Context: High-intensity focussed ultrasound (HIFU) is an emerging minimally invasive treatment option for prostate cancer. Objective: Our aim was to assess the efficacy and safety of HIFU in both primary treatment of men with localised and locally advanced prostate cancer as well as salvage treatment of men with recurrent prostate cancer following treatment failure of radical prostatectomy or external-beam radiation therapy. Evidence acquisition: We conducted a systematic literature search for studies conducted on humans and published in either English or German in several databases from 2000 to 2010. In addition, we screened several Web sites for assessments on HIFU in prostate cancer and contacted the manufacturers of the two currently available HIFU devices for supplemental information on HIFU. We included all prospective studies with >50 study participants and assessed their quality using the Grading of Recommendations Assessment, Development, and Evaluation (GRADE) approach. Evidence synthesis: We identified 20 uncontrolled prospective case series, each of which treated between 58 and 517 patients. These studies were all conducted within the past decade. In total, 3018 patients were treated with HIFU, 93% for primary therapy and 7% for salvage HIFU. For all HIFU procedures, the biochemical disease-free survival rate at 1, 5, and 7 yr, respectively, was 78-84%, 45-84%, and 69%. The negative biopsy rate was 86% at 3 mo and 80% at 15 mo. Overall survival rates and prostate cancer-specific survival rates were 90% and 100% at 5 yr and 83% and 98% at 8 yr, respectively. Adverse events concerned the urinary tract (1-58%), potency (1-77%), the rectum (0-15%), and pain (1-6%). Quality-of-life assessment yielded controversial results. Conclusions: Applying the GRADE approach, the available evidence on efficacy and safety of HIFU in prostate cancer is of very low quality, mainly due to study designs that lack control groups. More research is needed to explore the use of HIFU in prostate cancer. © 2010 European Association of Urology.
“Robotic surgery and anesthesia.”
Quesnez, J. (2010).
Anesthésie et chirurgie robotisée23(112): 9-11.
“Robotic telemanipulating surgical systems for laparoscopy: the story so far in the UK.”
Sood, H. S., M. Arya, et al. (2010).
Expert Review of Medical Devices7(6): 745-752.
Surgical robotics is, at present, one of the most dynamically developing areas of biomedical engineering that has been proven to increase the stability and robustness of surgery. Robotics can integrate, assist, control and extend the human capabilities, correcting for manual errors, or record the spatial points-of-interest and motions. This is of importance as an adjunct to many laparoscopic subspecialty procedures, from cardiac to pelvic surgery. Evidence-based medicine is now demonstrating that robotized equipment can greatly add to the preoperative simulation, the ergonomics of the procedure, the preoperative simulation and the risk-free training of the surgeon with precision surgery and less trauma to the patient. This article discusses the robots that are clinically available at present and their importance to the surgeon and patient.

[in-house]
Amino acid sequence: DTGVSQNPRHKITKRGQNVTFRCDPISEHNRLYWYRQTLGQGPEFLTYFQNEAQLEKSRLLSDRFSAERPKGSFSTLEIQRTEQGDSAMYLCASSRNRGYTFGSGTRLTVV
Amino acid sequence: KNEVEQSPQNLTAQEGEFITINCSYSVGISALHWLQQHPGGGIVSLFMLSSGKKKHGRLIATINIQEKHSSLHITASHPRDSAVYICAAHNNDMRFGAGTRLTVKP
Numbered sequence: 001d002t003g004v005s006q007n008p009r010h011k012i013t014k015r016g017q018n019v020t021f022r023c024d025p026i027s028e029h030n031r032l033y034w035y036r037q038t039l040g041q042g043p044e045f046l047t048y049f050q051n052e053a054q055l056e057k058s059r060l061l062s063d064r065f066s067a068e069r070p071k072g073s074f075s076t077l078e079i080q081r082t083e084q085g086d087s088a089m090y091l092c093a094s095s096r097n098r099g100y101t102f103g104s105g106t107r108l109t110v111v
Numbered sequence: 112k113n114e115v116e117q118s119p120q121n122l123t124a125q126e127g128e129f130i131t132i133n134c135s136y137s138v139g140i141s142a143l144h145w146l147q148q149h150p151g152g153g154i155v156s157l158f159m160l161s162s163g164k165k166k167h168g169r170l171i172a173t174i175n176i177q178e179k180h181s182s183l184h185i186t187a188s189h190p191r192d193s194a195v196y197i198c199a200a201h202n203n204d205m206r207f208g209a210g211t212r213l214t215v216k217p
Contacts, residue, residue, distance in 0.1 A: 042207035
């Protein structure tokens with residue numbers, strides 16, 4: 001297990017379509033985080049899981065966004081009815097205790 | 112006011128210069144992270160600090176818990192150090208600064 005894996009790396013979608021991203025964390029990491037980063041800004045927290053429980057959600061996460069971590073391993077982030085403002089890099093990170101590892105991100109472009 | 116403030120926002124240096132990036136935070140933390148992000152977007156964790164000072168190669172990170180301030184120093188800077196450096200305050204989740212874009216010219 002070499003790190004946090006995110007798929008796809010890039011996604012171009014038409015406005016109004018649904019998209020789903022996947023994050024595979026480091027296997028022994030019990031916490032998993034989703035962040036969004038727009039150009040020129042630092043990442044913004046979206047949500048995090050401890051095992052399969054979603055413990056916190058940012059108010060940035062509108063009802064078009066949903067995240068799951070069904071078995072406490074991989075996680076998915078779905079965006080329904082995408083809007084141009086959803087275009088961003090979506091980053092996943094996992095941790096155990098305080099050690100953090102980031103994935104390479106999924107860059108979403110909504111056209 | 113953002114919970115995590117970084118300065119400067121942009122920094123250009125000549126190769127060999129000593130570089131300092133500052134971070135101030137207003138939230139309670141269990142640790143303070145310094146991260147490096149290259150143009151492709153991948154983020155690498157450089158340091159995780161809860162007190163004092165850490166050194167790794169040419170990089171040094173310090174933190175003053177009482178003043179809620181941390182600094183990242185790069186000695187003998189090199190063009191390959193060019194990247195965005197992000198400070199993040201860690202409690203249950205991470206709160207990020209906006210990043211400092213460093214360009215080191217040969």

“Real-time stereo reconstruction in robotically assisted minimally invasive surgery.”
Stoyanov, D., M. V. Scarzanella, et al. (2010).
Medical image computing and computer-assisted intervention : MICCAI … International Conference on Medical Image Computing and Computer-Assisted Intervention13(Pt 1): 275-282.
The recovery of 3D tissue structure and morphology during robotic assisted surgery is an important step towards accurate deployment of surgical guidance and control techniques in minimally invasive therapies. In this article, we present a novel stereo reconstruction algorithm that propagates disparity information around a set of candidate feature matches. This has the advantage of avoiding problems with specular highlights, occlusions from instruments and view dependent illumination bias. Furthermore, the algorithm can be used with any feature matching strategy allowing the propagation of depth in very disparate views. Validation is provided for a phantom model with known geometry and this data is available online in order to establish a structured validation scheme in the field. The practical value of the proposed method is further demonstrated by reconstructions on various in vivo images of robotic assisted procedures, which are also available to the community.
“Juvenile nasopharyngeal angiofibroma: Current treatment modalities and future considerations.”
Hodges, J. M., A. S. McDevitt, et al. (2010).